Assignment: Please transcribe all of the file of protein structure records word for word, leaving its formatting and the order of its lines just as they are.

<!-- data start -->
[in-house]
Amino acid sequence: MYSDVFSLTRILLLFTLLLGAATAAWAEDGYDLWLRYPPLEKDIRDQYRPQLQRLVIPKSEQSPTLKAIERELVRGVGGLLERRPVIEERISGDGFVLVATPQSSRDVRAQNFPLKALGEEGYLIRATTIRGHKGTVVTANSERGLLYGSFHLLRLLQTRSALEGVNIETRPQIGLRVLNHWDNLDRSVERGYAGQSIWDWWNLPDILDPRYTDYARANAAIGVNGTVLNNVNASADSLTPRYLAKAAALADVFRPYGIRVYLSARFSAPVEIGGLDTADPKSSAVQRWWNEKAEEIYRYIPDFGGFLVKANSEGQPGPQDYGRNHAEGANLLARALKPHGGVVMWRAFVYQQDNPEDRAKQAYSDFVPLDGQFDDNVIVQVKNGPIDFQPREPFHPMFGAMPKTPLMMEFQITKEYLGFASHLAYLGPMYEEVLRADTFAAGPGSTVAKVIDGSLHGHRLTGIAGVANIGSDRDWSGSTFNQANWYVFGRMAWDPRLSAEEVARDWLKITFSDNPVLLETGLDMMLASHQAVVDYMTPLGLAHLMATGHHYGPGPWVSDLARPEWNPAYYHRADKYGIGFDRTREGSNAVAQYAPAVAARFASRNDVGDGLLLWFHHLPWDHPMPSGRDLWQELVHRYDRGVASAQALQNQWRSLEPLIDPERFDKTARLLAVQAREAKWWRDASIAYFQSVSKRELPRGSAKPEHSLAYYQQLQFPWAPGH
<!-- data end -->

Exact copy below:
[in-house]
Amino acid sequence: MYSDVFSLTRILLLFTLLLGAATAAWAEDGYDLWLRYPPLEKDIRDQYRPQLQRLVIPKSEQSPTLKAIERELVRGVGGLLERRPVIEERISGDGFVLVATPQSSRDVRAQNFPLKALGEEGYLIRATTIRGHKGTVVTANSERGLLYGSFHLLRLLQTRSALEGVNIETRPQIGLRVLNHWDNLDRSVERGYAGQSIWDWWNLPDILDPRYTDYARANAAIGVNGTVLNNVNASADSLTPRYLAKAAALADVFRPYGIRVYLSARFSAPVEIGGLDTADPKSSAVQRWWNEKAEEIYRYIPDFGGFLVKANSEGQPGPQDYGRNHAEGANLLARALKPHGGVVMWRAFVYQQDNPEDRAKQAYSDFVPLDGQFDDNVIVQVKNGPIDFQPREPFHPMFGAMPKTPLMMEFQITKEYLGFASHLAYLGPMYEEVLRADTFAAGPGSTVAKVIDGSLHGHRLTGIAGVANIGSDRDWSGSTFNQANWYVFGRMAWDPRLSAEEVARDWLKITFSDNPVLLETGLDMMLASHQAVVDYMTPLGLAHLMATGHHYGPGPWVSDLARPEWNPAYYHRADKYGIGFDRTREGSNAVAQYAPAVAARFASRNDVGDGLLLWFHHLPWDHPMPSGRDLWQELVHRYDRGVASAQALQNQWRSLEPLIDPERFDKTARLLAVQAREAKWWRDASIAYFQSVSKRELPRGSAKPEHSLAYYQQLQFPWAPGH